Say Marseille to anyone in France and the chances are they’ll immediately think of the city’s most famous dish, Bouillabaisse. Although the mere mention of the word sets all French mouths watering, this fish stew actually started life as a pauper’s dish. You’d hardly know it now when the traditional recipe is fiercely defended in the Bouillabaisse Charter and every Marseilleise family makes the ‘best’ version. In this blog post, we look at its origins – from humble to hallowed – and share our favourite takes on this iconic French dish.
Historians have traced the origins of the Bouillabaisse back to the Greeks who arrived on the French Mediterranean coast in the 7th century BC and founded the port city of Marseille. The first takes on the dish were essentially a fish soup made from sea water and scraps of fish, and was a staple in fishermen’s families who used the unsold pieces of fish from their catch of the day.
The Bouillabaisse reached the rest of France in the 18th century when it became a regular feature on the menu at the Parisian restaurant, Frères Provençaux. Alexandre Dumas included it in his famous French recipe book, Le Grand Dictionnaire de la Cuisine, published in 1873 and the rest is, as they say, histoire.
The dish’s unusual name is thought to come from the cooking method – the stew must be brought to the boil (bouiller in French) and the heat then quickly lowered (baisser in French).
Nowadays, Bouillabaisse is a must-try for anyone visiting Marseille and countless restaurants serve their version of the dish. Some chefs, however, staunchly defend the traditional way of making the stew to the extent that in 1980, several city restauranteurs got together and drew up the Bouillabaisse Charter, a document that sets down the ingredients and recipe.
Essential ingredients in a Bouillabaisse
The base of any Bouillabaisse is fish and seafood, particularly those found off the rocky cliffs (known as calanques) on the Marseille coast. The fish caught here is typically small and live in rock pools. Traditionalists claim that the real Bouillabaisse has to include scorpion fish (rascasse), the most important ingredient of all and the one that gives the dish its characteristic red colour. But this spiky orange fish isn’t always available (and is pricey) so a more relaxed approach allows other fish such as moray, red mullet, John Dory and weever fish. Many Marseille restaurants serve their version with clams, crab or, most expensive of all, lobster.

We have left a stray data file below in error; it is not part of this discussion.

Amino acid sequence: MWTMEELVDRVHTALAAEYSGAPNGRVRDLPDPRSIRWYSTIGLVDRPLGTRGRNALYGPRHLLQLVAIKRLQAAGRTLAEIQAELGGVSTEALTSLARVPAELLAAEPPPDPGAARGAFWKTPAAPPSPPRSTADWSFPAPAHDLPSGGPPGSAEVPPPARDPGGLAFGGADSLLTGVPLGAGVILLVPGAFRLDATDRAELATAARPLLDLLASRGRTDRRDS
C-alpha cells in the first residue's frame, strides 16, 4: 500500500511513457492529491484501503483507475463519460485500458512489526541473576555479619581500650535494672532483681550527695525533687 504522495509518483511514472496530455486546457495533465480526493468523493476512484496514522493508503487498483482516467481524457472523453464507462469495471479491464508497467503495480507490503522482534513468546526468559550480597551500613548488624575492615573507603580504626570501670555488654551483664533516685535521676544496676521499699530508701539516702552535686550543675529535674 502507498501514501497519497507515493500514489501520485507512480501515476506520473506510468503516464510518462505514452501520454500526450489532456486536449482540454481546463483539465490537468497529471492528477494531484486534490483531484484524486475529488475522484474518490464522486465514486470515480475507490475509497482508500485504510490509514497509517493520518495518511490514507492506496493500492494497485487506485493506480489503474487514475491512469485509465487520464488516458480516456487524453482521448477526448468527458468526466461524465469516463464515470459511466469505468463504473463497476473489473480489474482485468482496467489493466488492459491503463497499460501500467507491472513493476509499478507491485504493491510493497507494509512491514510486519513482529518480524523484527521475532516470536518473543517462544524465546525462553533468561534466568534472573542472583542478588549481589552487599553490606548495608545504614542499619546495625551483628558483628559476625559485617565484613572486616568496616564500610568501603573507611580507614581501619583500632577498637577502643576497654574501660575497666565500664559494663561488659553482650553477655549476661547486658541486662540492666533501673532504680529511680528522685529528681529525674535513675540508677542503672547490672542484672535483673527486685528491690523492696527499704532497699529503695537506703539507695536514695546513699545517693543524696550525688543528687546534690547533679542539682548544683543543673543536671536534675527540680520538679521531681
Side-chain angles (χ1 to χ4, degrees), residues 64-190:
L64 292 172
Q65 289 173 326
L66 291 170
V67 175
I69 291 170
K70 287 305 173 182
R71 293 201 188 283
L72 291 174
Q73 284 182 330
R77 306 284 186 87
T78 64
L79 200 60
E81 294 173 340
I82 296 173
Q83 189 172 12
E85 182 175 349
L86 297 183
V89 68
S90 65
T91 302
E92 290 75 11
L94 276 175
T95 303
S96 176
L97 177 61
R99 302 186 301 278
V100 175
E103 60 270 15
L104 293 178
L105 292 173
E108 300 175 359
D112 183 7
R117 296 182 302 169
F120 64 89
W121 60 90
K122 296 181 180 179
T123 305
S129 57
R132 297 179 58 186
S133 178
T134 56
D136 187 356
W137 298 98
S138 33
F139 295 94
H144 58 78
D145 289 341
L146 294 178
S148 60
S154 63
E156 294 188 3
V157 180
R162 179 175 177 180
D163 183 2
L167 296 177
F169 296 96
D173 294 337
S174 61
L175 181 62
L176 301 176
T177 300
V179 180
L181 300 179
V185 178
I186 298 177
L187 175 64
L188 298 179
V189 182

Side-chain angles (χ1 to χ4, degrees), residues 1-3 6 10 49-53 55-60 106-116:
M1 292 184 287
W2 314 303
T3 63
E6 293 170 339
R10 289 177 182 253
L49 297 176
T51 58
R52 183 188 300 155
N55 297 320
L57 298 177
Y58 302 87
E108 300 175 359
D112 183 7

Other essential ingredients include potatoes, onions, fennel and saffron plus a dash of pastis, the French liquorice-tasting liqueur. Some chefs also add carrots, tomatoes and peas.
Bouillabaisse is served with croutons, usually infused with garlic, and rouille, a traditional Provençal sauce. This is made with garlic, breadcrumbs and olive oil, and has a similar consistency to aioli sauce.
Serving the Bouillabaisse
According to traditionalists, this dish should be eaten in two courses. To start with, you eat the soup, essentially the liquid the Bouillabaisse is cooked in. You then move onto the second course that consists of the fish, potatoes, garlic croutons and the rouille. The all-in-one option has, however, become very popular and in many restaurants you choose to eat it in two courses or as a single dish.
Three takes on Bouillabaisse
The traditional take
Le Miramar restaurant in the Old Port in Marseille serves Bouillabaisse traditional style, so traditional in fact that the restaurant was one of the devisers of the 1980 Charter. Chef Christian Buffa and his team use a selection of rockfish for their recipe with weever fish, red mullet and moray as staples. The dish comes with tomatoes, saffron and a good splash of pastis.
You can learn to cook Bouillabaisse Miramar-style every third Thursday of the month (book at the Marseille Tourist Office or via the website). The class starts at 9.30 and finishes at 2 when you sit down to try your attempt at this iconic dish.
12 Quai du Port.
Open Tuesday to Sunday for lunch and dinner.
The deconstructed take
For a completely modern version, visit Une Table, au Sud where local chef Ludovic Turac serves his Bouillabaisse in pieces. His recipe broadly follows traditional lines – rockfish, fennel and pastis form the base – but Turac adds some key differences.
For a start, he puts an orange into the water and then he adds a weever fish fillet and potato bite to the broth. These form the main part of the dish and are served along with a long slice of focaccia (infused with squid ink and thickly spread with rouille) in the fish stock.
Turac’s unusual interpretations of Bouillabaisse and other typical Provençal dishes earned him a Michelin star in 2015.
2 Quai du Port.
Open Tuesday to Saturday for lunch and dinner, Sunday lunch.
The British take
British chef Jamie Oliver has tried his hand at most dishes and Bouillabaisse is no exception. His version, called Fabulous Fish Stew, draws heavily on traditional ingredients and method, but comes with some very different touches.
Oliver’s rouille becomes a saffron mayonnaise sauce and his take on Bouillabaisse has a base of mussels and clams with the fish almost taking a back seat. He uses fennel but basil too makes an appearance. And finally, this is a recipe without croutons – the stew is served over a slice of toasted bread at the bottom of the bowl.
So if you’re not near Marseille at least you can try this fabulous dish at home. Let us know how you get on.